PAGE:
Elephant ivory; 5 15/16 x 3 11/16 in. (15.1 x 9.4 cm)
The Cloisters Collection, 1979 (1979.399)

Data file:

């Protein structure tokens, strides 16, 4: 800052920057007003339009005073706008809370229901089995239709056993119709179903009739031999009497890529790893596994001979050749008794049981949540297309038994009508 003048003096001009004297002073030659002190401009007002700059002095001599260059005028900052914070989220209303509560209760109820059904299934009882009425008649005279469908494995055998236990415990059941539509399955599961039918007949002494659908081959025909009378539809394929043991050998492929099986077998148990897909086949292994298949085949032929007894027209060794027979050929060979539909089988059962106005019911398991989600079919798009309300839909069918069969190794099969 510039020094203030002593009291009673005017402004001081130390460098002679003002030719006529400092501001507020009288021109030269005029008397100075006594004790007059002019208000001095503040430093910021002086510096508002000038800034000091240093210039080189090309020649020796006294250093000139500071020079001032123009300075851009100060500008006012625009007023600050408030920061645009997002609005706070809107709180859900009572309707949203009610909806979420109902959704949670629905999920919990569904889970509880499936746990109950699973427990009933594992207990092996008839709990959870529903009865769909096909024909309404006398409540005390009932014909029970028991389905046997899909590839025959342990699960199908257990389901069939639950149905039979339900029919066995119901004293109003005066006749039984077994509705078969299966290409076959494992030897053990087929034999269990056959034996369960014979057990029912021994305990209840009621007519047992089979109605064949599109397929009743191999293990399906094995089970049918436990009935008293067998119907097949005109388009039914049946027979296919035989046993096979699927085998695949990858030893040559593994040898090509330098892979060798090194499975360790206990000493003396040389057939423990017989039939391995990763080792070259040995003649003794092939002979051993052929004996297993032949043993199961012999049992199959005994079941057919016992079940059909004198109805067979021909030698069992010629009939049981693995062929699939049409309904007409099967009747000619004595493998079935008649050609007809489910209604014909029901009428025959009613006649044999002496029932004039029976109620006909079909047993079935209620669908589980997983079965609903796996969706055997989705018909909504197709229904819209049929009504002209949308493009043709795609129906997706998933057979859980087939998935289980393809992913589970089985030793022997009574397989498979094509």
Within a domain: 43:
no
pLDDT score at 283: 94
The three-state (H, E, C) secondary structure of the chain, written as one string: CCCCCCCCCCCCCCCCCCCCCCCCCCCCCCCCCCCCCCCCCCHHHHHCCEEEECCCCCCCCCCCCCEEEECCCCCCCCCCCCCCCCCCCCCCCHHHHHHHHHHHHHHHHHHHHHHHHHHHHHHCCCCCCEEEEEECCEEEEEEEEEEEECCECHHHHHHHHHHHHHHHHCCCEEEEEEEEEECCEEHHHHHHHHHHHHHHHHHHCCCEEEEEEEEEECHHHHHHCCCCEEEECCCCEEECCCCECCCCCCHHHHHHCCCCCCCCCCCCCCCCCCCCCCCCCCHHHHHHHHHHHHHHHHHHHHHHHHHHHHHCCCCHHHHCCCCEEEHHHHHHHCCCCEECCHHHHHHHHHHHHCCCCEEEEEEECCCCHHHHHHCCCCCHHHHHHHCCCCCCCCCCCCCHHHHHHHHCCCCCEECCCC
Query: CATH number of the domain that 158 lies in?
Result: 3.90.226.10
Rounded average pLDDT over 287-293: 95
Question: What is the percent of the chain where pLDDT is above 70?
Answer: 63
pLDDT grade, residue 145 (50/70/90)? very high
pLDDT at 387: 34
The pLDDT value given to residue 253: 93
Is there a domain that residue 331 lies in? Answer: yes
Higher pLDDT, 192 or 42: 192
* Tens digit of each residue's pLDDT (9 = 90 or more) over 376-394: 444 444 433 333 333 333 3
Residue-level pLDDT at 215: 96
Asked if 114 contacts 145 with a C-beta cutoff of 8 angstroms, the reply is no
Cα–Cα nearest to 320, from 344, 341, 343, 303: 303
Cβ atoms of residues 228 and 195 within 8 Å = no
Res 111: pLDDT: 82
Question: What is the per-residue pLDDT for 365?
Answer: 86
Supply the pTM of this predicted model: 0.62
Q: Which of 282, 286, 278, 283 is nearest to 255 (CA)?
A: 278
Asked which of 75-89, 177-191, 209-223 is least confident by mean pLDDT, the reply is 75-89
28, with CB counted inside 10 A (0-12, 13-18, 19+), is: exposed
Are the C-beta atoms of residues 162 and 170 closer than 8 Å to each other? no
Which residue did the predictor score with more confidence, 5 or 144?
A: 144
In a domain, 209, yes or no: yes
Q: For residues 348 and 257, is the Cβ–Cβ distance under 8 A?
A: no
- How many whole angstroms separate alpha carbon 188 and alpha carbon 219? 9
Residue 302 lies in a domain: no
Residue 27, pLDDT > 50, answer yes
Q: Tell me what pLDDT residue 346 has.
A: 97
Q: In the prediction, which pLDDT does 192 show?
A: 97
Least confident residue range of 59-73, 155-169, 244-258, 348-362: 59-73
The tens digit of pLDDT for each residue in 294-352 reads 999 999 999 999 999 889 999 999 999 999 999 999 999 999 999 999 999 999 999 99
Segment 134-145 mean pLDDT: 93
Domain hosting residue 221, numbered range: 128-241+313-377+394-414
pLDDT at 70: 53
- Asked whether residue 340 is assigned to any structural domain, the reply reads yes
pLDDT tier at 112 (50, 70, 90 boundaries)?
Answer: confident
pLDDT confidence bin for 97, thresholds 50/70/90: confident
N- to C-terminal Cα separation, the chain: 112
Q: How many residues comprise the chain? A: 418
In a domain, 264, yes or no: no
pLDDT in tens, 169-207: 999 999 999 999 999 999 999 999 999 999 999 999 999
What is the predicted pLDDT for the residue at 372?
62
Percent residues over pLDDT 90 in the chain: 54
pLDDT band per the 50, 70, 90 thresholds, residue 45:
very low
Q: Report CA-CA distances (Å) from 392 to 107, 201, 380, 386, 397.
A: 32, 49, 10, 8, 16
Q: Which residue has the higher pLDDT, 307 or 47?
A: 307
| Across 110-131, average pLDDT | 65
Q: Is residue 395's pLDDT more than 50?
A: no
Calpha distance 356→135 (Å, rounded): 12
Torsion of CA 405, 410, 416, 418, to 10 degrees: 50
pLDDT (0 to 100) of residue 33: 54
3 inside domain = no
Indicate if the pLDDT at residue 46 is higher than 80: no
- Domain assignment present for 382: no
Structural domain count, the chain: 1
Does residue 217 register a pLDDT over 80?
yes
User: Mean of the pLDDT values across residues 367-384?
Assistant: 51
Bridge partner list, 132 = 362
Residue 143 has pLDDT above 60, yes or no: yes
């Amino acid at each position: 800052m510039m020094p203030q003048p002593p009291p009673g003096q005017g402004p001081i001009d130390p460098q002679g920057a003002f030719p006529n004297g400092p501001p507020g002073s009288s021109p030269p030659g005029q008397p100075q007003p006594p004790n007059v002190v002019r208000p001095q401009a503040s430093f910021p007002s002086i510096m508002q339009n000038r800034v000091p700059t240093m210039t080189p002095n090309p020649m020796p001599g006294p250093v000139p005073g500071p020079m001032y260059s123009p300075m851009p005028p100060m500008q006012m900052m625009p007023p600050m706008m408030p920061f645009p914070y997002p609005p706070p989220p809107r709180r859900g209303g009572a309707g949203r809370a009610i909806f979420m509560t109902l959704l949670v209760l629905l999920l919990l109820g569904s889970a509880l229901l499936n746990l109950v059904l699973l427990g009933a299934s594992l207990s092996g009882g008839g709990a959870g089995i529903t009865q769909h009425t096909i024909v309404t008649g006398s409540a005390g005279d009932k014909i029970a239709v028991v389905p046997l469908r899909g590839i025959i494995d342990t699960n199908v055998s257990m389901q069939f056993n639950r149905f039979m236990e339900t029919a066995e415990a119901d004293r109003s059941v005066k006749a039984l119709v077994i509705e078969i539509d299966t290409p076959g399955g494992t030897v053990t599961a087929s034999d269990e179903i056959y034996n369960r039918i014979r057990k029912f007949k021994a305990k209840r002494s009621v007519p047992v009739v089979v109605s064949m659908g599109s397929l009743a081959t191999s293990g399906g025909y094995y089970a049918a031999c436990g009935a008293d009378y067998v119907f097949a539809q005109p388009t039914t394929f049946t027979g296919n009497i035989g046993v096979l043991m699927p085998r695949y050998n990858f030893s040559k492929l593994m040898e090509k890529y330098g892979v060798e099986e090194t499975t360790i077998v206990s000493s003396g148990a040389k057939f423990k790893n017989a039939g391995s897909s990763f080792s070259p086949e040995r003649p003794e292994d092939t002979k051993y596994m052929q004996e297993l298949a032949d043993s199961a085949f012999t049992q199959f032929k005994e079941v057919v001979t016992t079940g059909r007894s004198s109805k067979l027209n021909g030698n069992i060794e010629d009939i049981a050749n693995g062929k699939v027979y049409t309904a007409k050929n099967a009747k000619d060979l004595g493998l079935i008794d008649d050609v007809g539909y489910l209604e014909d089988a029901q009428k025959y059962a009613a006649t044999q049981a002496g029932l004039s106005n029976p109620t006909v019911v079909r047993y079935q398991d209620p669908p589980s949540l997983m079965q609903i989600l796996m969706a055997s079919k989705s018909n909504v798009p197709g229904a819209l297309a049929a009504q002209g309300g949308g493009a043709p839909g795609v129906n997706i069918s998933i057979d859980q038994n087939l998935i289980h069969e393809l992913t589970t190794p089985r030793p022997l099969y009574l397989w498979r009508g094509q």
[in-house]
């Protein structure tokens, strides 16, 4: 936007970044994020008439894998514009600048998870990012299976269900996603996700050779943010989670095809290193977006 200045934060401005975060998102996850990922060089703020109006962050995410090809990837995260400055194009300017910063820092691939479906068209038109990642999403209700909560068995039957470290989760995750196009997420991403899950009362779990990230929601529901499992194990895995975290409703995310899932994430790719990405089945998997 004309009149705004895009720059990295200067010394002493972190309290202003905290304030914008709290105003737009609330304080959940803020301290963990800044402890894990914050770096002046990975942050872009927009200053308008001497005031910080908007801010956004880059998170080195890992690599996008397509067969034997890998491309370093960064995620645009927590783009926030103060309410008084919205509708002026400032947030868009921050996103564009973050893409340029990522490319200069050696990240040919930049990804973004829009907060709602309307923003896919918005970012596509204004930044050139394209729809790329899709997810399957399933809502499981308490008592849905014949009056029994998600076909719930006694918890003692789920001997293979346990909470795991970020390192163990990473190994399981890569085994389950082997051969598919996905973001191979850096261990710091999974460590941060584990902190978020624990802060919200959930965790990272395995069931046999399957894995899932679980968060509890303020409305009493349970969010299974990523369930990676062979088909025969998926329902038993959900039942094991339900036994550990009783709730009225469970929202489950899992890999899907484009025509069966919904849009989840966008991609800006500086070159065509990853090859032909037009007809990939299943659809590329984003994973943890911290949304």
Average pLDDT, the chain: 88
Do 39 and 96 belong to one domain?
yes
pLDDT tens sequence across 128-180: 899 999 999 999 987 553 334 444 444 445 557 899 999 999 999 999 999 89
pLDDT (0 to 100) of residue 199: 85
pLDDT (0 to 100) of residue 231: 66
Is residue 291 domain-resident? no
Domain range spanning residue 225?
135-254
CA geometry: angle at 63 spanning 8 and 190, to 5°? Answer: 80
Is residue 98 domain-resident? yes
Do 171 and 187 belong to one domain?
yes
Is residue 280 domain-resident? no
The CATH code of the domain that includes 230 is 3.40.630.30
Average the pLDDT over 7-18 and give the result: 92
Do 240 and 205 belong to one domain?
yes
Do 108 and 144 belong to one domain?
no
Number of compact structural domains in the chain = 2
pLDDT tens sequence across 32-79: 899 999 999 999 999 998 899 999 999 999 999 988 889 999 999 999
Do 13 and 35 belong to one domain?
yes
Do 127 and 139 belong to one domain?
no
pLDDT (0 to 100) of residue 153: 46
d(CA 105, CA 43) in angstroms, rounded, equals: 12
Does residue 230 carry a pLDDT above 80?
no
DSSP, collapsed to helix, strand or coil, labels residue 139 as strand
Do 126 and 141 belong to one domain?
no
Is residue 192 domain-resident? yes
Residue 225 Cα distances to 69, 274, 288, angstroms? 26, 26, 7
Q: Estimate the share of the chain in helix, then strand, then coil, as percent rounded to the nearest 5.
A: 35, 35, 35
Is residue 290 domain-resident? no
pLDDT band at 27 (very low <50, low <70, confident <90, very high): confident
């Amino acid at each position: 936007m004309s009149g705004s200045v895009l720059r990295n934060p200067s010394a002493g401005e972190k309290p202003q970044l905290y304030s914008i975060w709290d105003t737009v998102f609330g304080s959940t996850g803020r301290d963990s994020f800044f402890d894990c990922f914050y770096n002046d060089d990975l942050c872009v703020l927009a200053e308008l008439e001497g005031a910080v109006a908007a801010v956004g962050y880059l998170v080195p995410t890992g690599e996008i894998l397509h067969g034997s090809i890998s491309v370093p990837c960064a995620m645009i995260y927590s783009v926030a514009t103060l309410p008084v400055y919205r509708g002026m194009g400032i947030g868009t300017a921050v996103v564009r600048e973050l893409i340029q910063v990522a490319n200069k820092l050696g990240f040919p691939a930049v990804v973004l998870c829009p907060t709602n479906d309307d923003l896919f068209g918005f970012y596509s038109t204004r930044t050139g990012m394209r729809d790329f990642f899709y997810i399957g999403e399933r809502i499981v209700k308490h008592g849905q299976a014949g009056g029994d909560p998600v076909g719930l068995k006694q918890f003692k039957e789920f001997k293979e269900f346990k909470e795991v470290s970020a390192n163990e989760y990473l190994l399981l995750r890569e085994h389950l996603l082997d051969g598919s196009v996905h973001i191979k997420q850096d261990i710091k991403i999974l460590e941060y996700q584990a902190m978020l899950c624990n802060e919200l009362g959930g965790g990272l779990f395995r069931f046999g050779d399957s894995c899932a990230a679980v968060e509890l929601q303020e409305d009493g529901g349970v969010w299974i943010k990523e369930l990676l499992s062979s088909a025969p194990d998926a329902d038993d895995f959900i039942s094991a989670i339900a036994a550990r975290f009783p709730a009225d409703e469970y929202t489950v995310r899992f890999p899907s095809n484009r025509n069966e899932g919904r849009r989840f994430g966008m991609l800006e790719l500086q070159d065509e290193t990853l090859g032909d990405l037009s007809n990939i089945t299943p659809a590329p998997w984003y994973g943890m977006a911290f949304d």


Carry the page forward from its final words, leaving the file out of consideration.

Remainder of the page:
Christ Giving the Keys to Peter and the Law to Paul (traditio clavis et legis) became an established theme in art in fourth-century Rome in order to emphasize the primacy of Peter and the importance of Paul. Early depictions of the subject are usually monumental in scale, as, for example, when they served as apse decorations, but occasionally, in the later medieval period, the event is represented in ivory. A significant departure from traditional depictions of this scene is the absence of the rock upon which Christ usually stands, which, here, has been replaced by a domed and arcaded rotunda, a vivid evocation of the church.